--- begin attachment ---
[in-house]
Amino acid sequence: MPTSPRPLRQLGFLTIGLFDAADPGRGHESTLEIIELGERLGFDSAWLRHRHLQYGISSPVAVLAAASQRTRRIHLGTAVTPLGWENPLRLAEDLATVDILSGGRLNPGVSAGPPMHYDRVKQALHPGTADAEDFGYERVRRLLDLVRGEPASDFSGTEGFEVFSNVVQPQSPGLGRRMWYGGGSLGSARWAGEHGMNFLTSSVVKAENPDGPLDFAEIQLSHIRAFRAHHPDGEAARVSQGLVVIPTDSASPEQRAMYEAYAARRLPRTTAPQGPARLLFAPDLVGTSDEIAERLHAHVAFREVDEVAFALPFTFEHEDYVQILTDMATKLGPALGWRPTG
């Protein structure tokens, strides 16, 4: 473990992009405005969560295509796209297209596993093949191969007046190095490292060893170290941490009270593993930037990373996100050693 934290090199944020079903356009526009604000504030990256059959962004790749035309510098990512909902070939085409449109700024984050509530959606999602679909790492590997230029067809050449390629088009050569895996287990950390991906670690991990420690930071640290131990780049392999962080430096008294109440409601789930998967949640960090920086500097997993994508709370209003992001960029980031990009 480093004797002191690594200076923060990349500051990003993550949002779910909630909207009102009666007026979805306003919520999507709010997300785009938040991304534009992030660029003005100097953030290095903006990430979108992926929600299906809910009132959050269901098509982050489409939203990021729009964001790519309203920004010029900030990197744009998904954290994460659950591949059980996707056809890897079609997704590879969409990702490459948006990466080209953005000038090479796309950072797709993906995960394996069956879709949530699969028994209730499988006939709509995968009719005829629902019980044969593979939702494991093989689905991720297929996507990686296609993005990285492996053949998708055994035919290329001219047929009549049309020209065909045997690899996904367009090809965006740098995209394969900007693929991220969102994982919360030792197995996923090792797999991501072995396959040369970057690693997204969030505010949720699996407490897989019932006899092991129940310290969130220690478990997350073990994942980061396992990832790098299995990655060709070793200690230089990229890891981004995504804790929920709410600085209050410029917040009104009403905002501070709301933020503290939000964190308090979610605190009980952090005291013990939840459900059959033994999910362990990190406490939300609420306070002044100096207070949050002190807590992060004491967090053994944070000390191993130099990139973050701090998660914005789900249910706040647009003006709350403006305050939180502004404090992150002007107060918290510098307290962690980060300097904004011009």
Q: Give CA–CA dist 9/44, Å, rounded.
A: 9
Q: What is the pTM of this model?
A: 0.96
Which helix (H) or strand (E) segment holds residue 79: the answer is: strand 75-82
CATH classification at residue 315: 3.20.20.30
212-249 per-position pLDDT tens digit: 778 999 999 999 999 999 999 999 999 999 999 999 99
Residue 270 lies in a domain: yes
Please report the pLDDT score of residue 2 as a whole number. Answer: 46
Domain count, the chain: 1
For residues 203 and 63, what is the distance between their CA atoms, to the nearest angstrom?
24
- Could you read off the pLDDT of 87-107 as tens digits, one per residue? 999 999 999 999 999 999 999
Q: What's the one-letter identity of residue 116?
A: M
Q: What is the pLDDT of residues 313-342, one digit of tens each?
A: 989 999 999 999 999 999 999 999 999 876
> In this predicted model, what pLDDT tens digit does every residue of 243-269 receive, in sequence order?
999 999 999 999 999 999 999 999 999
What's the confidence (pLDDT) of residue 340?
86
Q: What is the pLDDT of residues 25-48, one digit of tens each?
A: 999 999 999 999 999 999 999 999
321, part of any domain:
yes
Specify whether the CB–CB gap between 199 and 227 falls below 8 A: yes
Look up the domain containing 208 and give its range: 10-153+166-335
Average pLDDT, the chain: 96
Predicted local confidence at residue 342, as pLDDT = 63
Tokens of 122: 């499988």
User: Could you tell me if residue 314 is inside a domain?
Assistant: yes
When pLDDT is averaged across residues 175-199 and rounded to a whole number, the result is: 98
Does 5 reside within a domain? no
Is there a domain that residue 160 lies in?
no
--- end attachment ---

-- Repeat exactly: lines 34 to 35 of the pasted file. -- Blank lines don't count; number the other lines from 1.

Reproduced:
User: Could you tell me if residue 314 is inside a domain?
Assistant: yes